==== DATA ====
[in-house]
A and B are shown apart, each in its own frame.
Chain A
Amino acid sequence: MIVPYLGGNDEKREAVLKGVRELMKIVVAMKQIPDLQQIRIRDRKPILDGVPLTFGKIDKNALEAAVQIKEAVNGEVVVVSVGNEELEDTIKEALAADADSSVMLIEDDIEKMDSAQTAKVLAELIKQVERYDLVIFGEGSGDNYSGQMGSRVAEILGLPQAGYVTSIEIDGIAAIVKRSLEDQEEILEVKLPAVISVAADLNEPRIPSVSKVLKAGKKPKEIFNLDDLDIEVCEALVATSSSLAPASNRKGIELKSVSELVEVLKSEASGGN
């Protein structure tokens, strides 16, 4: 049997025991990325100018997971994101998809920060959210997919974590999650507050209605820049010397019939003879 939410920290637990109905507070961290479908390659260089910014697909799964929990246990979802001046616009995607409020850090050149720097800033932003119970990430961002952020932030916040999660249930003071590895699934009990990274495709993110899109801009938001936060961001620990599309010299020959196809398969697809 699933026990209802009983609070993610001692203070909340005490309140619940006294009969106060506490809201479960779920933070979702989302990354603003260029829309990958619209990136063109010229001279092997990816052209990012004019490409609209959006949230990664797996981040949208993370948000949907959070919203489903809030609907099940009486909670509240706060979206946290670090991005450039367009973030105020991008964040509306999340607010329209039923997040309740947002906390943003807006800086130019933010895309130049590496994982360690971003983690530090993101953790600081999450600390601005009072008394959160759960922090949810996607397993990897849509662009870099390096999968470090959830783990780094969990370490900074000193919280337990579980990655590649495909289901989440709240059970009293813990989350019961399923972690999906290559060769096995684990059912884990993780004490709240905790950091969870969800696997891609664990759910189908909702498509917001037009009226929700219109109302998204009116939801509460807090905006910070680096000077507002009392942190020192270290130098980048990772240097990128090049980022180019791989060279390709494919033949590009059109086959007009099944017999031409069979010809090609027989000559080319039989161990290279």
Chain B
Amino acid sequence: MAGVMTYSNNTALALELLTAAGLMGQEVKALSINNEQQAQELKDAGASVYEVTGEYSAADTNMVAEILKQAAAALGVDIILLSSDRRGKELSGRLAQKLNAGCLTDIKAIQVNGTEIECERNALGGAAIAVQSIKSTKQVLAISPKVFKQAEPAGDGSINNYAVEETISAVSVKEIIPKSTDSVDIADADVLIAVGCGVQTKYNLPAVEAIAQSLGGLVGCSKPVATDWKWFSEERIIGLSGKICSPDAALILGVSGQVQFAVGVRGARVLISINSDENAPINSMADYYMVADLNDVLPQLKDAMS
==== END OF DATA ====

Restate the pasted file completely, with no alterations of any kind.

[in-house]
A and B are shown apart, each in its own frame.
Chain A
Amino acid sequence: MIVPYLGGNDEKREAVLKGVRELMKIVVAMKQIPDLQQIRIRDRKPILDGVPLTFGKIDKNALEAAVQIKEAVNGEVVVVSVGNEELEDTIKEALAADADSSVMLIEDDIEKMDSAQTAKVLAELIKQVERYDLVIFGEGSGDNYSGQMGSRVAEILGLPQAGYVTSIEIDGIAAIVKRSLEDQEEILEVKLPAVISVAADLNEPRIPSVSKVLKAGKKPKEIFNLDDLDIEVCEALVATSSSLAPASNRKGIELKSVSELVEVLKSEASGGN
């Protein structure tokens, strides 16, 4: 049997025991990325100018997971994101998809920060959210997919974590999650507050209605820049010397019939003879 939410920290637990109905507070961290479908390659260089910014697909799964929990246990979802001046616009995607409020850090050149720097800033932003119970990430961002952020932030916040999660249930003071590895699934009990990274495709993110899109801009938001936060961001620990599309010299020959196809398969697809 699933026990209802009983609070993610001692203070909340005490309140619940006294009969106060506490809201479960779920933070979702989302990354603003260029829309990958619209990136063109010229001279092997990816052209990012004019490409609209959006949230990664797996981040949208993370948000949907959070919203489903809030609907099940009486909670509240706060979206946290670090991005450039367009973030105020991008964040509306999340607010329209039923997040309740947002906390943003807006800086130019933010895309130049590496994982360690971003983690530090993101953790600081999450600390601005009072008394959160759960922090949810996607397993990897849509662009870099390096999968470090959830783990780094969990370490900074000193919280337990579980990655590649495909289901989440709240059970009293813990989350019961399923972690999906290559060769096995684990059912884990993780004490709240905790950091969870969800696997891609664990759910189908909702498509917001037009009226929700219109109302998204009116939801509460807090905006910070680096000077507002009392942190020192270290130098980048990772240097990128090049980022180019791989060279390709494919033949590009059109086959007009099944017999031409069979010809090609027989000559080319039989161990290279």
Chain B
Amino acid sequence: MAGVMTYSNNTALALELLTAAGLMGQEVKALSINNEQQAQELKDAGASVYEVTGEYSAADTNMVAEILKQAAAALGVDIILLSSDRRGKELSGRLAQKLNAGCLTDIKAIQVNGTEIECERNALGGAAIAVQSIKSTKQVLAISPKVFKQAEPAGDGSINNYAVEETISAVSVKEIIPKSTDSVDIADADVLIAVGCGVQTKYNLPAVEAIAQSLGGLVGCSKPVATDWKWFSEERIIGLSGKICSPDAALILGVSGQVQFAVGVRGARVLISINSDENAPINSMADYYMVADLNDVLPQLKDAMS